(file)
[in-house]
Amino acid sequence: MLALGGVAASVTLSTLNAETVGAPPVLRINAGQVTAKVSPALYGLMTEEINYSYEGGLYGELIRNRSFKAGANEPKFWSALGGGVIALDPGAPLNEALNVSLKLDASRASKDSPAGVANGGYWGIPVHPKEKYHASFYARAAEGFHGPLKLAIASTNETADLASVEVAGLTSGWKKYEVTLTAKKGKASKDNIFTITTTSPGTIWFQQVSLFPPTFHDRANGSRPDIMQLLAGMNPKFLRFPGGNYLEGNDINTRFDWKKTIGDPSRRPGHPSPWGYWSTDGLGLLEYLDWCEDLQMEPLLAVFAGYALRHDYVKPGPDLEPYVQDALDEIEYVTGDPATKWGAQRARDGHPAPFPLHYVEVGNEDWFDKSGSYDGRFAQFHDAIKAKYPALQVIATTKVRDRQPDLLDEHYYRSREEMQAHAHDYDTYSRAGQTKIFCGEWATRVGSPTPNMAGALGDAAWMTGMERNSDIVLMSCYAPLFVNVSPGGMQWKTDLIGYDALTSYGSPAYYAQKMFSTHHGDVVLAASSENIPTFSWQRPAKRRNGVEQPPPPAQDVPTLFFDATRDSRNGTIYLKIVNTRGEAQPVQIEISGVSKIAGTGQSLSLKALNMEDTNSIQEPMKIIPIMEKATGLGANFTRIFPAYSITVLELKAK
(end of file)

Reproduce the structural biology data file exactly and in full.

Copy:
[in-house]
Amino acid sequence: MLALGGVAASVTLSTLNAETVGAPPVLRINAGQVTAKVSPALYGLMTEEINYSYEGGLYGELIRNRSFKAGANEPKFWSALGGGVIALDPGAPLNEALNVSLKLDASRASKDSPAGVANGGYWGIPVHPKEKYHASFYARAAEGFHGPLKLAIASTNETADLASVEVAGLTSGWKKYEVTLTAKKGKASKDNIFTITTTSPGTIWFQQVSLFPPTFHDRANGSRPDIMQLLAGMNPKFLRFPGGNYLEGNDINTRFDWKKTIGDPSRRPGHPSPWGYWSTDGLGLLEYLDWCEDLQMEPLLAVFAGYALRHDYVKPGPDLEPYVQDALDEIEYVTGDPATKWGAQRARDGHPAPFPLHYVEVGNEDWFDKSGSYDGRFAQFHDAIKAKYPALQVIATTKVRDRQPDLLDEHYYRSREEMQAHAHDYDTYSRAGQTKIFCGEWATRVGSPTPNMAGALGDAAWMTGMERNSDIVLMSCYAPLFVNVSPGGMQWKTDLIGYDALTSYGSPAYYAQKMFSTHHGDVVLAASSENIPTFSWQRPAKRRNGVEQPPPPAQDVPTLFFDATRDSRNGTIYLKIVNTRGEAQPVQIEISGVSKIAGTGQSLSLKALNMEDTNSIQEPMKIIPIMEKATGLGANFTRIFPAYSITVLELKAK